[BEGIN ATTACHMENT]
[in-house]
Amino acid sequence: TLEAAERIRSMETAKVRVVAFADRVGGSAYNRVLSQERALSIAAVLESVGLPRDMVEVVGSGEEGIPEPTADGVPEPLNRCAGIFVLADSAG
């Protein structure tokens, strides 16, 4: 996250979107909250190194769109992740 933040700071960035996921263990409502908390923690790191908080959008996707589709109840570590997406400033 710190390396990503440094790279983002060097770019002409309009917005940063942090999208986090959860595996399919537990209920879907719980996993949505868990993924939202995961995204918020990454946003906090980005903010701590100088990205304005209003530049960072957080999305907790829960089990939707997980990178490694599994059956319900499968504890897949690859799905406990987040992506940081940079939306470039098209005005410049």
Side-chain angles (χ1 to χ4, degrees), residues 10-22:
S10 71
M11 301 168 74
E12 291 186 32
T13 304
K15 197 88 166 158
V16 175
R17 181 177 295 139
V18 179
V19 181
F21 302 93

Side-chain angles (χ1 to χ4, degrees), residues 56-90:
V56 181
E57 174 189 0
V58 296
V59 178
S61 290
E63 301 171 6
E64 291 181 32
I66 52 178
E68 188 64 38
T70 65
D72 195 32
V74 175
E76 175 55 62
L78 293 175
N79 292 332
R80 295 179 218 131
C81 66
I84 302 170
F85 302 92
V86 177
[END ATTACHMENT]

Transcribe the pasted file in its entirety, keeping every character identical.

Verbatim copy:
[in-house]
Amino acid sequence: TLEAAERIRSMETAKVRVVAFADRVGGSAYNRVLSQERALSIAAVLESVGLPRDMVEVVGSGEEGIPEPTADGVPEPLNRCAGIFVLADSAG
């Protein structure tokens, strides 16, 4: 996250979107909250190194769109992740 933040700071960035996921263990409502908390923690790191908080959008996707589709109840570590997406400033 710190390396990503440094790279983002060097770019002409309009917005940063942090999208986090959860595996399919537990209920879907719980996993949505868990993924939202995961995204918020990454946003906090980005903010701590100088990205304005209003530049960072957080999305907790829960089990939707997980990178490694599994059956319900499968504890897949690859799905406990987040992506940081940079939306470039098209005005410049």
Side-chain angles (χ1 to χ4, degrees), residues 10-22:
S10 71
M11 301 168 74
E12 291 186 32
T13 304
K15 197 88 166 158
V16 175
R17 181 177 295 139
V18 179
V19 181
F21 302 93

Side-chain angles (χ1 to χ4, degrees), residues 56-90:
V56 181
E57 174 189 0
V58 296
V59 178
S61 290
E63 301 171 6
E64 291 181 32
I66 52 178
E68 188 64 38
T70 65
D72 195 32
V74 175
E76 175 55 62
L78 293 175
N79 292 332
R80 295 179 218 131
C81 66
I84 302 170
F85 302 92
V86 177